Globalization and urban growth bring with them the challenge of ensuring equitable access to basic services and responding to growing inequalities. UN-Habitat has warned that if this growth is not accompanied by proper urban planning it could lead to social and spatial segregation, contribute to rootlessness and individualism, thus dehumanizing cities and negatively impacting their governance. In order to counter these effects and foster social bonds, the need to make the citizenry co-participants in defining development strategies and the design, implementation and evaluation of urban transformation activities, is becoming increasingly important.
Indeed, the Educating Cities Award on Good Practices on Living Together in Cities
responds to the wish of the International Association of Educating Cities to highlight planning, management and intervention models that can contribute to the elimination of physical, social and communication barriers, reduce urban conflicts and avoid segregation, by fostering the creation of new social bonds and a sense of belonging to the city, a city that requires the contribution of each and every citizen.
Through this award, the IAEC seeks to grow appreciation for and give international recognition to the work carried out by the cities in the Association while inspiring other cities to build more educating, inclusive and cohesive environments where people of different ages, cultures and creeds can live together in harmony.
An international jury, made up of academics, representatives of the IAEC Executive Committee and United Cities and Local Governments (UCLG), studied the 57 candidacies from 45 cities, from 11 countries in 3 continents. The diversity and richness of the experiences analyzed highlights the educating potential of cities as active agents of social transformation. After a rigorous work of analysis of the initiatives received and a debate rich in nuances, 3 winning good practices were chosen for this First edition of the Educating Cities’ Award for their contribution to better living together in the city.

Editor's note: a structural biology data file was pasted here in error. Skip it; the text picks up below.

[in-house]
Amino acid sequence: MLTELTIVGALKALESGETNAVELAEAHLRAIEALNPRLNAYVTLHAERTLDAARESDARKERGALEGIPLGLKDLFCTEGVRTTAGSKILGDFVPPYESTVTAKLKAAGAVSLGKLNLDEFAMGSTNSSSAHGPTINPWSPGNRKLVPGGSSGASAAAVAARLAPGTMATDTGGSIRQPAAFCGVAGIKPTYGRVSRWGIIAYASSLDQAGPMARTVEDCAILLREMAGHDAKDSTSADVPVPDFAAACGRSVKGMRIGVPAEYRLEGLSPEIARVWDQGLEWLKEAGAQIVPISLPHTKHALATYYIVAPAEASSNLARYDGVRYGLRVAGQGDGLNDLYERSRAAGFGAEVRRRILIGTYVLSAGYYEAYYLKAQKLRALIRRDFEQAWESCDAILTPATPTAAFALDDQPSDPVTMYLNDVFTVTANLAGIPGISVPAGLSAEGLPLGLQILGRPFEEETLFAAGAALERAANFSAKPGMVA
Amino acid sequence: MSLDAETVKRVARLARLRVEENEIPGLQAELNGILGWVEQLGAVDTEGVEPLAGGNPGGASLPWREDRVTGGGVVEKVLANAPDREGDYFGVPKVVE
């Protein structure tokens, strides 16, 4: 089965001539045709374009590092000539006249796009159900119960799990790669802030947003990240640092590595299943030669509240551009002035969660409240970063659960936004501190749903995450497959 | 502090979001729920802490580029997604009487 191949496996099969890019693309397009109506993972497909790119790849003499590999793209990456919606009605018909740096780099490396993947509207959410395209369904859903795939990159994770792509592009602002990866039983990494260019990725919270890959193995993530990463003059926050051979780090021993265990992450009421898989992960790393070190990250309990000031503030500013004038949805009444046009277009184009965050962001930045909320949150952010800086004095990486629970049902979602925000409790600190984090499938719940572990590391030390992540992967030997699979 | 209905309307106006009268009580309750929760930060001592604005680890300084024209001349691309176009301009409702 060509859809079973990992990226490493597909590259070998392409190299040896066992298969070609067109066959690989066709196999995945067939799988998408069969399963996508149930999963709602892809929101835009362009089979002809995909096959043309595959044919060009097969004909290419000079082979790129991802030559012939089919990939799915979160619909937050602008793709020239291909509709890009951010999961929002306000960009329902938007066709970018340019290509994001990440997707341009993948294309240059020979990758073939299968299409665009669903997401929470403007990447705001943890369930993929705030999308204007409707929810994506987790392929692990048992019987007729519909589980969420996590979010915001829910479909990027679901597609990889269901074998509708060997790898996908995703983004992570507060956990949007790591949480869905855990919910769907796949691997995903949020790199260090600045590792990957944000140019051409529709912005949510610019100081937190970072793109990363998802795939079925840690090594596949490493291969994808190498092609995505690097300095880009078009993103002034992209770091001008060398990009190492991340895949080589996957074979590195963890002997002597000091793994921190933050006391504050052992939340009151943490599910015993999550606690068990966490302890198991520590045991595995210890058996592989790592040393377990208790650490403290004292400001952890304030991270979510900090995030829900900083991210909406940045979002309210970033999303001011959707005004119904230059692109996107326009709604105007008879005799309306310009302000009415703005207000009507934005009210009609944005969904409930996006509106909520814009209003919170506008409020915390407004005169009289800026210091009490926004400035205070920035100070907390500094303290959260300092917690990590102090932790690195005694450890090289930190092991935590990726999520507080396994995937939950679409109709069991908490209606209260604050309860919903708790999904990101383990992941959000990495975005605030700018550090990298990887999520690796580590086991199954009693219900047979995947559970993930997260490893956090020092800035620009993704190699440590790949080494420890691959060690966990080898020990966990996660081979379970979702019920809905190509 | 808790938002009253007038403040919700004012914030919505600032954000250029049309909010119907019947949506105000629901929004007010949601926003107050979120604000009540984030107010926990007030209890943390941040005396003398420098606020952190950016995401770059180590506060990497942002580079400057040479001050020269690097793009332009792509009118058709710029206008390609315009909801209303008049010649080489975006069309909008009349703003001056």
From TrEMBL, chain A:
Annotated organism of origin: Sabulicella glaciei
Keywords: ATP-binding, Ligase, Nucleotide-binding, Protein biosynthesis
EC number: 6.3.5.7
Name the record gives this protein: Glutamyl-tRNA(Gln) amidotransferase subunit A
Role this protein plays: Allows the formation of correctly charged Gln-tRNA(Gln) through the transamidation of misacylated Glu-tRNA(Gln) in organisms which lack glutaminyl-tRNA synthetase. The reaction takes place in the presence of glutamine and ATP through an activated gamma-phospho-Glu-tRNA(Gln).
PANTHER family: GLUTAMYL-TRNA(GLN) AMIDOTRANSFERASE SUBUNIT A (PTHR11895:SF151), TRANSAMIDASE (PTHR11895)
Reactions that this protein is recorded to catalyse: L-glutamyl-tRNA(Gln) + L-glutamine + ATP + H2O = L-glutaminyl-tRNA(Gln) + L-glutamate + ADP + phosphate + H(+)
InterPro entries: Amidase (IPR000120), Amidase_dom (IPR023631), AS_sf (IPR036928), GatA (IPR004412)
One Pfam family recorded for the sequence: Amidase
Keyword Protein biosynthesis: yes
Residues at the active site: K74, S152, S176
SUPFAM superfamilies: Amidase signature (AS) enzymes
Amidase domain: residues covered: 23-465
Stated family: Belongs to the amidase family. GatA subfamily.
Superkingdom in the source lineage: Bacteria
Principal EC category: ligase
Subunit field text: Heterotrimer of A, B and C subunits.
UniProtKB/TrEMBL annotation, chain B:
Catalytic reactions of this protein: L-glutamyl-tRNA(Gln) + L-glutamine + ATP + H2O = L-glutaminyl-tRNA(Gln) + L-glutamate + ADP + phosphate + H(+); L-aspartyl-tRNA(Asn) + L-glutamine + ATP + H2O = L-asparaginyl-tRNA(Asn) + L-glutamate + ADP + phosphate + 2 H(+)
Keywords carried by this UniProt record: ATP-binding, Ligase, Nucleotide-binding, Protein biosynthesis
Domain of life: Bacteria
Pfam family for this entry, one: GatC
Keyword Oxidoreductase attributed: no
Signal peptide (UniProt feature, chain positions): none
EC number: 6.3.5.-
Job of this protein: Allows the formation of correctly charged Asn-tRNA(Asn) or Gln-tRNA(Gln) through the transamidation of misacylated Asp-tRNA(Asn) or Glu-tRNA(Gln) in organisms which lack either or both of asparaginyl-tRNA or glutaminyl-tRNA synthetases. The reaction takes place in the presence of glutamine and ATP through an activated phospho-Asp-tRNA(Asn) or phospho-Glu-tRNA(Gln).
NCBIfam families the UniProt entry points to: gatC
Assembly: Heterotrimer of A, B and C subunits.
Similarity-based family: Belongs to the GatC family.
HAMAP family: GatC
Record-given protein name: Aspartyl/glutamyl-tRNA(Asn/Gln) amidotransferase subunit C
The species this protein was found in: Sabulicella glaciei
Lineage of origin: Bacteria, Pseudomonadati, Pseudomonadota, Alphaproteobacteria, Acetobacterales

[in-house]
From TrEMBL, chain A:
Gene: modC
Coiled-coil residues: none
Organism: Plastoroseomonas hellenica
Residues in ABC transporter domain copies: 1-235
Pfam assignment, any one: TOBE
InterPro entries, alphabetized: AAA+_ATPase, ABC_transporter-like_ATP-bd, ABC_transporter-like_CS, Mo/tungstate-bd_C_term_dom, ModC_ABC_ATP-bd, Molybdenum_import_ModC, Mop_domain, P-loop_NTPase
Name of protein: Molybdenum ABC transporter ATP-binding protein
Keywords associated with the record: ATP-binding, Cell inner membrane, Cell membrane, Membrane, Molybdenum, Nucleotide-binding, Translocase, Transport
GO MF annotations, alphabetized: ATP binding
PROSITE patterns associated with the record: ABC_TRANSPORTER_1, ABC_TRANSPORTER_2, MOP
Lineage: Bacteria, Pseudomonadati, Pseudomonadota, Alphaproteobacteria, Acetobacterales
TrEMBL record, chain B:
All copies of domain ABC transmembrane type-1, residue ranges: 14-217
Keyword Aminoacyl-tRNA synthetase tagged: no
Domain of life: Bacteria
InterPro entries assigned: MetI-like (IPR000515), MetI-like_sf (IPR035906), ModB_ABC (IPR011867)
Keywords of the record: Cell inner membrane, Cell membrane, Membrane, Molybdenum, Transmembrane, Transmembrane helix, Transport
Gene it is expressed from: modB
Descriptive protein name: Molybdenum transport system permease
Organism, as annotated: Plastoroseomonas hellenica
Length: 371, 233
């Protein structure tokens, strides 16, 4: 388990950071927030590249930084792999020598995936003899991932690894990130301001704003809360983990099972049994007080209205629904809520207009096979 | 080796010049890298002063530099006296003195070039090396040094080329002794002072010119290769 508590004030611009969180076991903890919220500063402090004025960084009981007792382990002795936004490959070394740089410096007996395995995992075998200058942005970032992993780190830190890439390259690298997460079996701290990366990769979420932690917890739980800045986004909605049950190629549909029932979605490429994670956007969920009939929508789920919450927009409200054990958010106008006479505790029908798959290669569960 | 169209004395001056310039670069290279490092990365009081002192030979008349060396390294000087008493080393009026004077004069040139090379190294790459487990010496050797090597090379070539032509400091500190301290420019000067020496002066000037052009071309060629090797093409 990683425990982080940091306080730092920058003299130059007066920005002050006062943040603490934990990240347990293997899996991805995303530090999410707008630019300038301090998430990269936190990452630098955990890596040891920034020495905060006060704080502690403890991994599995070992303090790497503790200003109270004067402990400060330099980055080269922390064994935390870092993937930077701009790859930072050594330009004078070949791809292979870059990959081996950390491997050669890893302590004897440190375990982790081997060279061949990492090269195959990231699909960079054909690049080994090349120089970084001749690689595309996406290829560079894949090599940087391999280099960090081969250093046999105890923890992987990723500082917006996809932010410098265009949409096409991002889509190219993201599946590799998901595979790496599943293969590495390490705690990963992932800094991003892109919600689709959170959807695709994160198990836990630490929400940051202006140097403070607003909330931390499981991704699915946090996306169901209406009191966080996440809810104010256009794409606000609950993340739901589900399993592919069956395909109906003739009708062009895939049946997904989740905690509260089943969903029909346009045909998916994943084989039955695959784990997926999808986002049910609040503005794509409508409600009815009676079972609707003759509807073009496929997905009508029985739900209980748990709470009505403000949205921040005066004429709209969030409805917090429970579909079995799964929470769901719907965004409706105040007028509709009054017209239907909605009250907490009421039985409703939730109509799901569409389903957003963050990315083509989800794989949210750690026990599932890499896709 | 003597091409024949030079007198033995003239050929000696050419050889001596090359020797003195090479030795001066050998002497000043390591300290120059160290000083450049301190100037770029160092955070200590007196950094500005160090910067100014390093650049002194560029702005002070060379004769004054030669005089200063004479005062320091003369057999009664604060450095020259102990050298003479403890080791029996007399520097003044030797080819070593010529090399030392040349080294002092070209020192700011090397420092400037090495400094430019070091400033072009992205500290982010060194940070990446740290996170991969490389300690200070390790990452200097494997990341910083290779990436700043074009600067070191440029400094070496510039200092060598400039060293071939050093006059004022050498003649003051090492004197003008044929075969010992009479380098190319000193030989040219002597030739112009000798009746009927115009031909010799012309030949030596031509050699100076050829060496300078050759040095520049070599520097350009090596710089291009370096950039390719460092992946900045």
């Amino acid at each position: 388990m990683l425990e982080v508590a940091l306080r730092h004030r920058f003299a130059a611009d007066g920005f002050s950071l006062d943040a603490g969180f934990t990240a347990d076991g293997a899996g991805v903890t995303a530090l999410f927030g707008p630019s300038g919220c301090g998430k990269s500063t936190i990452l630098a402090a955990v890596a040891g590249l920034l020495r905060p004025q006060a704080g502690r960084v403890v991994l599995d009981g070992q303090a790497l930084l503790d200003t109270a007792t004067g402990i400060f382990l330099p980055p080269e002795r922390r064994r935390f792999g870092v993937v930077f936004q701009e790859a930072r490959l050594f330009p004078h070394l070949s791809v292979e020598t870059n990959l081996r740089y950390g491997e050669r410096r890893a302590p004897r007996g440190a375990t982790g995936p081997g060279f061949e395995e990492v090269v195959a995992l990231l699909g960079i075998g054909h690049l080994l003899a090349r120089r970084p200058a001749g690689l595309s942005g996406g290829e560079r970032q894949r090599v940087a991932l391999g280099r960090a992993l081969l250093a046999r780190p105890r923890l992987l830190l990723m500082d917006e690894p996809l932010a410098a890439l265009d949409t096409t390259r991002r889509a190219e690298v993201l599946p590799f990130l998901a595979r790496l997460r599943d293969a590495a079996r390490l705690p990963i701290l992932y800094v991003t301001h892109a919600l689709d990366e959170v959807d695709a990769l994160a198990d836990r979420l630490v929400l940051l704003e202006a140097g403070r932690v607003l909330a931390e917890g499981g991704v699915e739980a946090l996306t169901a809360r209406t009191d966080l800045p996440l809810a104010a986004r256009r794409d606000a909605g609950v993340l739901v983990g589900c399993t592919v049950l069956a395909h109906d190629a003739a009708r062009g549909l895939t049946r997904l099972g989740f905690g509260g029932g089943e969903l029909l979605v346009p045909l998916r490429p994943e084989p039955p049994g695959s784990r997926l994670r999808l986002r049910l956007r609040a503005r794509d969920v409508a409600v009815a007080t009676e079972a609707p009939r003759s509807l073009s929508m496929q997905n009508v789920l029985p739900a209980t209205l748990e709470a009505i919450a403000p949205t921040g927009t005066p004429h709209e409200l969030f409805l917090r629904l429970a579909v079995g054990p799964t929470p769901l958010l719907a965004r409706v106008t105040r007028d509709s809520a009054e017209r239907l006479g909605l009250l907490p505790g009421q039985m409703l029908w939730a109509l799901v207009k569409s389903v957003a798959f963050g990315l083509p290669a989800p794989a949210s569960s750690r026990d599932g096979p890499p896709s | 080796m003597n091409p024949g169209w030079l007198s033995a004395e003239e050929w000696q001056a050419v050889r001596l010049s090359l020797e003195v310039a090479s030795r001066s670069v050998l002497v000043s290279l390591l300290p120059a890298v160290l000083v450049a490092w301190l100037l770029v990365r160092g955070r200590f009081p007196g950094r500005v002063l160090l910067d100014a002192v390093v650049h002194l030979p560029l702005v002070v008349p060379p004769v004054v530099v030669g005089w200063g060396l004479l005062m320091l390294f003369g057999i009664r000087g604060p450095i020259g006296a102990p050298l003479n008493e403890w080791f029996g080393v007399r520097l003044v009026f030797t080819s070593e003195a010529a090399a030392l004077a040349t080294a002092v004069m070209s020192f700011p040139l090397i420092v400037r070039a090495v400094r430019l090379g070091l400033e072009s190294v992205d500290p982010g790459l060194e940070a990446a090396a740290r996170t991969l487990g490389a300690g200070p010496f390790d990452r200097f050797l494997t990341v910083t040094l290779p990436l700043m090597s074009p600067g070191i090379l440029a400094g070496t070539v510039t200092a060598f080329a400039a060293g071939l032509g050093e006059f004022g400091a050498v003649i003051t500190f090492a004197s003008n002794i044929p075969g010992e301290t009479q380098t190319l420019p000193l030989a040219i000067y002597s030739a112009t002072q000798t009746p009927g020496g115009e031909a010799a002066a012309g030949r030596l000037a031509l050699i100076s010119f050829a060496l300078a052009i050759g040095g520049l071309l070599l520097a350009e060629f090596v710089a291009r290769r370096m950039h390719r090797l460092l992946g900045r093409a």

The jury underscored the importance of education for active citizenship, through firm pedagogical and awareness actions aimed at learning to get involved in one’s environment and to better living together, at developing empathy and acquiring social conscience. Furthermore, the jury concluded that creating spaces that promote crosscultural and cross-generational dialogue, that foster the exchange of knowledge, as well as the setting up of joint projects and conflict management from the perspective of respect for the values of cultural diversity, mutual understanding and peace, surely favours coexistence. Opening the schools to their environment and turning communities into open classrooms allows the members of those communities to forge bonds of complicity for that holistic lifelong education that the Educating City seeks.
We sincerely congratulate to Espoo, L’Hospitalet de Llobregat and Saha-gu, the winning cities of the 2016 Award, along with our thanks to all the cities that participated!